At the AELP Conference on 25-26 June, the issue of the 20% off-the-job requirement was on everyone’s lips. Everybody from training providers to employers were discussing whether it presents a huge barrier to the delivery of the three million apprenticeships target set by the government.
The ESFA have issued several rule updates and further guidance on this requirement. The latest guidance from the newly published Apprenticeship funding rules for providers for 18/19 states that when calculating the required amount of 20% off-the-job training, the apprentice’s annual leave should be deducted. The minimum statutory requirement is 28 days (which can include public holidays) so public holidays should also be deducted from the off-the-job calculation.
With the sector clamouring for a review of this rule, it may be time to look at alternatives.
The 20% off-the-job training isn’t new, it has been a requirement for years. However, much like the employer contribution, it hasn’t been adhered to or enforced.
At the risk of voicing an unpopular opinion, I believe that if an apprentice is new to the employer organisation, is earning the national minimum apprenticeship wage and is on a level 2 or 3 apprenticeship, then the 20% off-the-job learning should absolutely be delivered within their contracted working hours. Otherwise it is not an apprenticeship – it could be looked at as illegally cheap labour.
At the AAC Conference the facilitator, Newsnight’s Kirsty Warke, made much of the comments coming from the panel discussion on issues affecting the social care, childcare and education sector, asking whether it’s unreasonable to ask an apprentice who finishes work at 3.15pm to work an extra unpaid hour at the end of the day on their off-the-job learning.
It’s an interesting question, and I think that although it is not unreasonable, it is also not fair for this sector. An apprenticeship is a commitment by both employer and apprentice and if an employer can’t afford to pay the minimum apprenticeship wage for an employee who works 80% of their contracted hours, then it isn’t a sustainable job. With steep increases in demand not matched by the funding available, we shouldn’t be asking apprentices to subsidise an ailing care system – or any other sector.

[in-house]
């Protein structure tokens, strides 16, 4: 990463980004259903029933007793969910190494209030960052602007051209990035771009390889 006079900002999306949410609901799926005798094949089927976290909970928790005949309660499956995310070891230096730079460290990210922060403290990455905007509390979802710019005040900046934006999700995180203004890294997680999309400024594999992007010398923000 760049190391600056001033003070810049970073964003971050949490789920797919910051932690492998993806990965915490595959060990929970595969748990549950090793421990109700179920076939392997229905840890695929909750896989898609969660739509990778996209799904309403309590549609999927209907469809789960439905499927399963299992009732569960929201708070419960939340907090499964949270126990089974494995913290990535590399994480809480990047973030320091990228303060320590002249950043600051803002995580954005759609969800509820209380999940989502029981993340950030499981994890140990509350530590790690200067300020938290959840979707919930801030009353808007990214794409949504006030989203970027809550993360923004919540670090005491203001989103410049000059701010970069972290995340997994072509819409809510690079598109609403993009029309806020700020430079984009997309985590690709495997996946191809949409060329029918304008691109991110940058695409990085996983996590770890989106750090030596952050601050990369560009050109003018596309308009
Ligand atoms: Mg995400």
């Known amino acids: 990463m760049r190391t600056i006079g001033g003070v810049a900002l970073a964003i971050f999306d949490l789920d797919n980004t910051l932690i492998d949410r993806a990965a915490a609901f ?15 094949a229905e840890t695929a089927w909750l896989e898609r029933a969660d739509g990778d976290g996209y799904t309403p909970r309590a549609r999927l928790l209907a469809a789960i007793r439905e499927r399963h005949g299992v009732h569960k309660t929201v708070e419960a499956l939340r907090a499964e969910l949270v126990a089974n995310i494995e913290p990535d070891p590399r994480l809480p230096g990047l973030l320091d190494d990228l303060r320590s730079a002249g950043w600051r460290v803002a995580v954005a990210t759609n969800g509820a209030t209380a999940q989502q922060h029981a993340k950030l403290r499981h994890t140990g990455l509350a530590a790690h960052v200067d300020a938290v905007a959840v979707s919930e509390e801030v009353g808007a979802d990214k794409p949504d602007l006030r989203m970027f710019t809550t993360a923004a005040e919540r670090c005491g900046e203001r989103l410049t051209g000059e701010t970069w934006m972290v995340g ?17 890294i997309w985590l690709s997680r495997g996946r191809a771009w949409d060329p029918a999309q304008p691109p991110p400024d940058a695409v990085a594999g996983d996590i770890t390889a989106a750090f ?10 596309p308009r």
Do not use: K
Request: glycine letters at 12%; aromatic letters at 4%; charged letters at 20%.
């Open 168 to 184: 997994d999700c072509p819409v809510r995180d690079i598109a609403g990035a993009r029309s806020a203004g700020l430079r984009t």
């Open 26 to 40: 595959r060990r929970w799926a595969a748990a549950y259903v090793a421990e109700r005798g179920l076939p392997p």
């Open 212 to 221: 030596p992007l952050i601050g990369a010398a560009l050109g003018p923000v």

When it comes to taking on a new apprentice on minimum wage, you know that you’ll get 80% of their contracted hours on-the-job, and you recruit on that basis.
On the other hand, when an existing employee starts an apprenticeship, any off-the-job training undertaken during contracted working hours can impact sharply on productivity. If the individual is taking a level 4 or higher apprenticeship and holds a management role, there is a likelihood that they work well above their contracted hours just to deliver on the demands of their job.
"With the sector clamouring for a review of this rule, it may be time to look at alternatives"
If the ESFA rigidly adhere to the 20% off-the-job rule, then existing employees at this level are very likely to do their learning within their contracted hours and then their “day job” outside of working hours.
So, asking the same question again, is it fair and is it reasonable to ask an existing employee doing a level 4+ apprenticeship to do some of the off-the-job learning outside of their working hours? Yes, I believe it is because they are being paid a proper salary, the employer is investing in them and the apprenticeship, once complete, is likely to make them more attractive in the job market.
My suggestion to the ESFA is a different approach to off-the-job training - to differentiate, for example, between an apprentice new to the business doing a level 2 and somebody who has been with the company for years and who might be doing a degree apprenticeship.
Then again, even that doesn’t deal with the main issue of asking an apprentice of any age or at any level to do off-the-job training outside of their contracted working hours. It disadvantages those apprentices who need to achieve their level 2 maths or English as well as their apprenticeship; have a second job to make ends meet or have caring responsibilities.
"With steep increases in demand not matched by the funding available, we shouldn’t be asking apprentices to subsidise an ailing care system – or any other sector."
The apprenticeship reforms have already come in for some criticism from people with concerns about how much they contribute to the social mobility agenda. Scrapping or changing the off-the-job rule will only increase those concerns.
It was interesting that at the AAC conference I heard two apprentices, as well as Emily Chapman, VP Further Education, National Union of Students state – eloquently and convincingly – that the 20% off the job rule should not be changed or scrapped. If the ESFA are genuinely listening to the apprentice voice, then there will be no change.
All-in-all, I am glad that I don’t work at the ESFA and have responsibility for off-the-job training, because the only certainty is that as an issue this isn’t going to go away.